Olight Warrior Mini 2 Fire (Titanium) And X9R Cell Review

If you follow my channel you know I have reviewed the Original Olight Warrior Mini, and it’s past issues. You will also know I reviewed it’s successor the Olight Warrior Mini 2 just last month. Today I am looking at one of the special edition “Four Elements” versions of the Olight Warrior Mini 2 made of titanium, that will be on Olights July flash sale starting on July 26th at 8pm Eastern time. This is their biggest sale of the year with upto 50% off select models, and some new stuff. The Titanium Warrior Mini 2 will sell out fast, so let’s take a quick look at how these differ from the aluminum models and take a quick look at another new Olight product the X9R Cell. Thanks to Olight for sending me this stuff.

See my full review of the Aluminum Olight Warrior Mini 2 https://liquidretro.net/2021/06/17/olight-warrior-mini-2-review-1750-lumens-listening-to-user-feedback/

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Olight Flash Sale Link: https://bit.ly/OlightLiquidRetro

 

10% OFF Coupon code: LQ10 Coupon Code will work during sales on non-sale listings only.

 

X9R Cell

I want to take a very quick look at the X9R Cell, a very small keychain light that’s modeled off of Olight’s much larger X9R. You can get an X9R Cell for free by logging into your Olight account, and it will be added to your cart. This thing is tiny, only 35mm in length, and 11mm at the head, and weights only 4.5g. It’s rated for 2.5 lumens for an impressive 30 hours. It’s using a very small CR425 customized battery that Olight is giving away free replacements till the end of 2023. 

On that battery it sounds like Olight has shortened the positive contact pin to make it customized. Rechargeable versions of this battery can be found online, I am interested to see if people will be able to modify those to work here. My bet is it will work.

Olight has thought about the design here, when the head is screwed all the way onto the light, it’s off. You have to unscrew the light slightly to use it, this is nice because you are less likely to loose the head when it’s on your keychain since it can be tight. It’s a fun little novelty light that works, worth adding to your order, or probably paying the shipping if your collector.

 

Titanium Warrior Mini 2

Versions

On to the Titanium Warrior Mini 2. Only 4000 of each of the 4 colors will be made worldwide according to Olight and you can buy them individually or as a set. The first color is Fire which is what I have here, it’s anodized in a rainbow finish and has flames, as well as the word fire milled into the body tube section. Water is anodized in a dark blue, great looking color and similarly has the word water and waves milled into the light. Air is a silver titanium finish and had Air milled into it, Lastly is Earth, in a brown/bronze anodizing with a geometric shape and the word earth milled in. To be honest the words and symbols on the light I could do without, it feels a like Yu-Gi-Oh ish to me, especially since each comes with their own unique “trading card” and that’s not something I have ever been into.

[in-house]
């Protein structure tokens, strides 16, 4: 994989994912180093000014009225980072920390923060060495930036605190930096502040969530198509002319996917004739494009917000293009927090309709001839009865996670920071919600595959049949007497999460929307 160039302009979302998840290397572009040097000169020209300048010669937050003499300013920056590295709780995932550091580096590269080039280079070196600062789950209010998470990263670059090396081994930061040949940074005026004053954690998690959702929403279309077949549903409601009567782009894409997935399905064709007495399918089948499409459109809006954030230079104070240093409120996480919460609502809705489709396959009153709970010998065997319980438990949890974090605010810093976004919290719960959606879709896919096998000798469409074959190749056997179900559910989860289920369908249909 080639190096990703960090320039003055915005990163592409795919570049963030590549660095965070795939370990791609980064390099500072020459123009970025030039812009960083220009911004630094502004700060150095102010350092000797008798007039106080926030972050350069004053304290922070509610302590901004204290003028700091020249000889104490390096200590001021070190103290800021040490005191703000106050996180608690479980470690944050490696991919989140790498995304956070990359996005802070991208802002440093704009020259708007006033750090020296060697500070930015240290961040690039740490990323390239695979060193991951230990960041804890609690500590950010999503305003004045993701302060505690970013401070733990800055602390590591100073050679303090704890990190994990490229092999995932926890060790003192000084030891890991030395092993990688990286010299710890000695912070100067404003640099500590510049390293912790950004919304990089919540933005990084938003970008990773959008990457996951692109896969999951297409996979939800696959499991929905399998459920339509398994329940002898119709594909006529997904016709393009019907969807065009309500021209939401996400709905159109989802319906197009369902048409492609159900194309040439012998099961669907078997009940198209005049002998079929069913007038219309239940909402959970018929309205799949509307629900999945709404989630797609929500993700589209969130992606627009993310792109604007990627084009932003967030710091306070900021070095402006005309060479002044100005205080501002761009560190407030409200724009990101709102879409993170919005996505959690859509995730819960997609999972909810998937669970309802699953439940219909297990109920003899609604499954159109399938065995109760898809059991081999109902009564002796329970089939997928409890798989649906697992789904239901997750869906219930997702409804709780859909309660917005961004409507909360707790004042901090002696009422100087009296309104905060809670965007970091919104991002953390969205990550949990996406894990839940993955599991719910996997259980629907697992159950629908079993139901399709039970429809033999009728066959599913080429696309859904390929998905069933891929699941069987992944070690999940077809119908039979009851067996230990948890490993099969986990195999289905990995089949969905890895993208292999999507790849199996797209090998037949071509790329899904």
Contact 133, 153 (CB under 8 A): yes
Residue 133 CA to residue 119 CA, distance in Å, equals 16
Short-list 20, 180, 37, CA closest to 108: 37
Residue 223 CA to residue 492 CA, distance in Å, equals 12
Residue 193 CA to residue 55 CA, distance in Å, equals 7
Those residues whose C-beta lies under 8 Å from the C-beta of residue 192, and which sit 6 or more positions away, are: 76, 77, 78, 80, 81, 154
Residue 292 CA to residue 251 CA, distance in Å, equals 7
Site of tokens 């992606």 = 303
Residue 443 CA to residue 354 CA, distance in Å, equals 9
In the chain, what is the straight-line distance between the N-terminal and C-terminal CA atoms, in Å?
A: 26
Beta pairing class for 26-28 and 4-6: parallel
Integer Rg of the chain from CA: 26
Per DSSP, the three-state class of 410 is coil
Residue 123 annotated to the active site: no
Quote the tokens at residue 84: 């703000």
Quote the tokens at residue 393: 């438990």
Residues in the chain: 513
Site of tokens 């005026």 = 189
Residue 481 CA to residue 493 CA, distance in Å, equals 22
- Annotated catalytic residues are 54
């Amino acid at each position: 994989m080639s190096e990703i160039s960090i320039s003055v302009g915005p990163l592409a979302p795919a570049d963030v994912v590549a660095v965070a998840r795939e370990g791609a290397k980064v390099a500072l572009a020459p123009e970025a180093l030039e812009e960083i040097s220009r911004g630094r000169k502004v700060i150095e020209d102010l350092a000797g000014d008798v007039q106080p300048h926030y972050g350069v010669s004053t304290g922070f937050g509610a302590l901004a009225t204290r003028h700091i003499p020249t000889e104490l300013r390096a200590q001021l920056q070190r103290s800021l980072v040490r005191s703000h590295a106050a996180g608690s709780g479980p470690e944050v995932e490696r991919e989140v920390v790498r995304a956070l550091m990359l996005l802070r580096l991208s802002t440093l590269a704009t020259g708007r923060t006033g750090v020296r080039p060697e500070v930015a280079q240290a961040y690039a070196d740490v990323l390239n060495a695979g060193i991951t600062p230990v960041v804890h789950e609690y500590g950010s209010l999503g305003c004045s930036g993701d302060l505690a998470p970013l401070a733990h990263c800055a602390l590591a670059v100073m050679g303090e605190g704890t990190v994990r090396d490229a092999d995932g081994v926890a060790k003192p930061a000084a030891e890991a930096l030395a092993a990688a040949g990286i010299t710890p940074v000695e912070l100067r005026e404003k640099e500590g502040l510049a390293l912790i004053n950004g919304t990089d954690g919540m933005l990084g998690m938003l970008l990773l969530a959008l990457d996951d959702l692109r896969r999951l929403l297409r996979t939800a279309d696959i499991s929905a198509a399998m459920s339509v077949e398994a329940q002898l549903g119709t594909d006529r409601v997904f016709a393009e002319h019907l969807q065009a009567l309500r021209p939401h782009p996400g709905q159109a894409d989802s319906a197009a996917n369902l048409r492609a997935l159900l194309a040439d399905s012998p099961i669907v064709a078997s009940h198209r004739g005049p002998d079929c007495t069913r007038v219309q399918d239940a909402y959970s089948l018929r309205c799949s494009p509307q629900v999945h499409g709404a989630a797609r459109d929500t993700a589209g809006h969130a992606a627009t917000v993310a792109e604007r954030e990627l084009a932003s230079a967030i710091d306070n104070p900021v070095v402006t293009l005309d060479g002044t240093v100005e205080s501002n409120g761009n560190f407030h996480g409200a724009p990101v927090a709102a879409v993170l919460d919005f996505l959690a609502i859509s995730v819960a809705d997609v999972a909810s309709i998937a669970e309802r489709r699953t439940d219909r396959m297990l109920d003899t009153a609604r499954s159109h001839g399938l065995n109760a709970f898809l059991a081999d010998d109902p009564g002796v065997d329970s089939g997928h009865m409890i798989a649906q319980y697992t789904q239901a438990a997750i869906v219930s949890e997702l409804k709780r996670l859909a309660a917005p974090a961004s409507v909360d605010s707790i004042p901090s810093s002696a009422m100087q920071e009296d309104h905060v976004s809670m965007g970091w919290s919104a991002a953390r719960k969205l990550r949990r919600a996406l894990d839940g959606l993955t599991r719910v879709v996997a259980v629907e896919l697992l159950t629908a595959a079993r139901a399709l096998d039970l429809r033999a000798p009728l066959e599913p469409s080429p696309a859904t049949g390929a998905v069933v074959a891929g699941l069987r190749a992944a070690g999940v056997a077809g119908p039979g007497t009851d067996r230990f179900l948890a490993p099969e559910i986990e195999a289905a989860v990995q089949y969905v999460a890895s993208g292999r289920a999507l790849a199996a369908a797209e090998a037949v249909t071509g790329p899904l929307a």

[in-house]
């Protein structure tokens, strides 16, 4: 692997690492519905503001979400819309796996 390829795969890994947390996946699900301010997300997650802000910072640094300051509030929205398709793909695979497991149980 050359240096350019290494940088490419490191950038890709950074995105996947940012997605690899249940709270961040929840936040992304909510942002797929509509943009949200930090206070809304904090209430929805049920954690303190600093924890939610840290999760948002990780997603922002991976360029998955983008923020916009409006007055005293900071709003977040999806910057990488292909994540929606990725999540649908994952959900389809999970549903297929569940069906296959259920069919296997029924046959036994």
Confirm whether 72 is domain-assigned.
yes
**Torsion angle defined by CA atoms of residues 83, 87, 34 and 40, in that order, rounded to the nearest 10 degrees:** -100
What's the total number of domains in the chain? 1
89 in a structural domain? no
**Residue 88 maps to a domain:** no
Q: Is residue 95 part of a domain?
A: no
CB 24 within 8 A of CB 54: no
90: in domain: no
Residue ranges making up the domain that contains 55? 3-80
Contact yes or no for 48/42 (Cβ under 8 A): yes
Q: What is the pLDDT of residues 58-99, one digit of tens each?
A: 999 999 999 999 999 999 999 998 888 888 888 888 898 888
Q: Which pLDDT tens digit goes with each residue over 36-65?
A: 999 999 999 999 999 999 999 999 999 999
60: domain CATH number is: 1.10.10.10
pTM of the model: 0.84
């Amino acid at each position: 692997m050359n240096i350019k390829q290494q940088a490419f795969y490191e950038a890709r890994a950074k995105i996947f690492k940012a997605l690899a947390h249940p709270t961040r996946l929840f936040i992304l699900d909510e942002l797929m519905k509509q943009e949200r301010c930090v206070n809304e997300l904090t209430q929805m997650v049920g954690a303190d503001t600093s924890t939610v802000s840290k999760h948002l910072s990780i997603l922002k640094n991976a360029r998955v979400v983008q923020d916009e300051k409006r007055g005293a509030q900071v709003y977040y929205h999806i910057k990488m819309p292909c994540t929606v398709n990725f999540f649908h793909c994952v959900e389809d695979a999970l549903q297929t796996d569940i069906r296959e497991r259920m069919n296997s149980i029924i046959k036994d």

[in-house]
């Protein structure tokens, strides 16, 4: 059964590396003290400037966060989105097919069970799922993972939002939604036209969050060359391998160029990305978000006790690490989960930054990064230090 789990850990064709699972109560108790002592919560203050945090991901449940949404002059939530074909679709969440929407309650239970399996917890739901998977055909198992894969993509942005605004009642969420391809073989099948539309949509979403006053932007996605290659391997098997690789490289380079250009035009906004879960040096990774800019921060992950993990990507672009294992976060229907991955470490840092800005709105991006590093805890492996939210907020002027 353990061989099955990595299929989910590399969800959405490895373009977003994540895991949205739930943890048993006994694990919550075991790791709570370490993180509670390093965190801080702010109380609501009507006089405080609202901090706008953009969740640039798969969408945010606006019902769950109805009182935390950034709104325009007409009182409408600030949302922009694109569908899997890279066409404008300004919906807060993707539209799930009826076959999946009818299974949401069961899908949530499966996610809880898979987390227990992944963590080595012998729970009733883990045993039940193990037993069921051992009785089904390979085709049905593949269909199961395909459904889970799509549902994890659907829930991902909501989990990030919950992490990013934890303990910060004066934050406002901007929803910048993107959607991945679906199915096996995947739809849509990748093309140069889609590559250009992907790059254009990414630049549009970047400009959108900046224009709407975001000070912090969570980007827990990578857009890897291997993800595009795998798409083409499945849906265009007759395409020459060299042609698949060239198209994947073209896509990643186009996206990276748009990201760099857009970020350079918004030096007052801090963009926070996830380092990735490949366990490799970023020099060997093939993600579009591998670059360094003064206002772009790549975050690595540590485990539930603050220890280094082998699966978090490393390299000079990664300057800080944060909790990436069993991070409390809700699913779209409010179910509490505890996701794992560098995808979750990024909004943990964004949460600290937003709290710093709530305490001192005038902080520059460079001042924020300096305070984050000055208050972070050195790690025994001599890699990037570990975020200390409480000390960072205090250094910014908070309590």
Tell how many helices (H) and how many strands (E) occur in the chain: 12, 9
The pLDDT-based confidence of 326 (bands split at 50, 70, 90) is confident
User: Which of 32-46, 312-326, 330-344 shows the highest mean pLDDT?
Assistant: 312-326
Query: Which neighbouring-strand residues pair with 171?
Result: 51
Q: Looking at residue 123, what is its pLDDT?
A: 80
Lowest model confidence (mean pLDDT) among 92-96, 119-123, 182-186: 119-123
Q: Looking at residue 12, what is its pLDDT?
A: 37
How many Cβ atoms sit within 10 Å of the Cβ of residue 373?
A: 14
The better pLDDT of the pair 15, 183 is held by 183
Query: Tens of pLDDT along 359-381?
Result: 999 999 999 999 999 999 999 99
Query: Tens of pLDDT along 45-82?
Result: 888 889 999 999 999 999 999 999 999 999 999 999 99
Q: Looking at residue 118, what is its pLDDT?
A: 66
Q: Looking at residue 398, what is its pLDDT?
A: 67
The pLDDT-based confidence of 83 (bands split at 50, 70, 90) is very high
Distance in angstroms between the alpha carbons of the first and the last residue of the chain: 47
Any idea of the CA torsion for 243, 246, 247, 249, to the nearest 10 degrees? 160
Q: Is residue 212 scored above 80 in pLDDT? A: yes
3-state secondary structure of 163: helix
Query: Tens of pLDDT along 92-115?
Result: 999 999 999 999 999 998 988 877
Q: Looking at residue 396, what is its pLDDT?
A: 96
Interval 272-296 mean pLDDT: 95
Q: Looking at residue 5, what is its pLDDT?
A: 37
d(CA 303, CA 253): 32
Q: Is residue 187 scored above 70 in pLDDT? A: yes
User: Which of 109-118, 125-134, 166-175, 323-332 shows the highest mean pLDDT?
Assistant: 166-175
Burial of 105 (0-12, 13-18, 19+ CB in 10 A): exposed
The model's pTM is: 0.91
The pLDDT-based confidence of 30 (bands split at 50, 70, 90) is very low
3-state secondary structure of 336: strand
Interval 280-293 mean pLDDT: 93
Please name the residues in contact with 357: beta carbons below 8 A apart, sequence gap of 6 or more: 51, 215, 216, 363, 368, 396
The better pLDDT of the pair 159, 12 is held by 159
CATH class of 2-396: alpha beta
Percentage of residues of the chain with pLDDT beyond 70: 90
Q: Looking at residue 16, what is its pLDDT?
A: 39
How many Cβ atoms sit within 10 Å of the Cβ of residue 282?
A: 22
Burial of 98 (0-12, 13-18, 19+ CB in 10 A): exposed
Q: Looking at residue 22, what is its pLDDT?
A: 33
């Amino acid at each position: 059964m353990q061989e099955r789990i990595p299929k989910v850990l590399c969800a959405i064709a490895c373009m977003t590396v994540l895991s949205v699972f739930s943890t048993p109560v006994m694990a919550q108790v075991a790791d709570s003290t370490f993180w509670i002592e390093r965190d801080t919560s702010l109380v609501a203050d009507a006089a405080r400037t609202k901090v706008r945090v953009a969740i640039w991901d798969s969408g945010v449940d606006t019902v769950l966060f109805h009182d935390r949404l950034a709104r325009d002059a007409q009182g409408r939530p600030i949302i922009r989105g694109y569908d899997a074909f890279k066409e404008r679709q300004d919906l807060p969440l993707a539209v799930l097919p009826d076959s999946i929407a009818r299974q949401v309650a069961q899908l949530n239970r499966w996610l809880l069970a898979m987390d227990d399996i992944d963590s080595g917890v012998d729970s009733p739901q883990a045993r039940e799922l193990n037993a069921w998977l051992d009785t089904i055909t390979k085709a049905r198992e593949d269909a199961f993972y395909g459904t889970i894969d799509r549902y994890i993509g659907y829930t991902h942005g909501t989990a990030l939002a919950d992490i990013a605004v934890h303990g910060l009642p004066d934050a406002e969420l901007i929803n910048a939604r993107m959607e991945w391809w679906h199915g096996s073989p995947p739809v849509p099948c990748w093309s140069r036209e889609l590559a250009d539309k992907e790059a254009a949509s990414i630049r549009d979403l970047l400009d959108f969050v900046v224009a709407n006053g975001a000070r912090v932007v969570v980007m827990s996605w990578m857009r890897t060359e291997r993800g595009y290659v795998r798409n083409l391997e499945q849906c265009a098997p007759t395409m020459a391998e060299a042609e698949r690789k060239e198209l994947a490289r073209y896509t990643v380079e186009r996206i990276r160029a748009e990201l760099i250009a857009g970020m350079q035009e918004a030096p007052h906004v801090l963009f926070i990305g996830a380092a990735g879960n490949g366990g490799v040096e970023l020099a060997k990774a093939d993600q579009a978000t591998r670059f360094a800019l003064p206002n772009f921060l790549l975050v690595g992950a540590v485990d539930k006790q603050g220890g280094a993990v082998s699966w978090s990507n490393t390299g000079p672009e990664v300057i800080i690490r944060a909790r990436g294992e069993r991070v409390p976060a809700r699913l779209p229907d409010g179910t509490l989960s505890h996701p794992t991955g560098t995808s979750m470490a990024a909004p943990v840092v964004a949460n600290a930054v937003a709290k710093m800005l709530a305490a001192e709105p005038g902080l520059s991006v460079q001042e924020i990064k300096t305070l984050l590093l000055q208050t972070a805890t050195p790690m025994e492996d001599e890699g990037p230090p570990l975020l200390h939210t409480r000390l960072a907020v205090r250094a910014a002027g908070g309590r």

Packaging & Accessories

The lights come with the an upgraded packaging that Olight does with their special editions, with updated pictures and text, and no specs on the back. Accessories that come with the light are the Warrior Mini 2 itself, Olight custom and proprietary 3500mAh 18650 battery (ORB-186C35), the MCC3A magnetic charger, lanyard, and carabiner style ring, Warrior trading card, as well as a manual. 

Construction

The biggest difference in the construction of the lights is the material, with it being titanium here and the different colors of titanium that are offered. Each different color gets a different body texture milled into the light to suit the name and color. I am going to say neither are as grippy as the original aluminum model. 

Other small differences are under the clip it has a slightly raised surface to take the wear. I like this modification. All other markings are the same, parts are interchangeable between the different models as well.

 

Size and Weight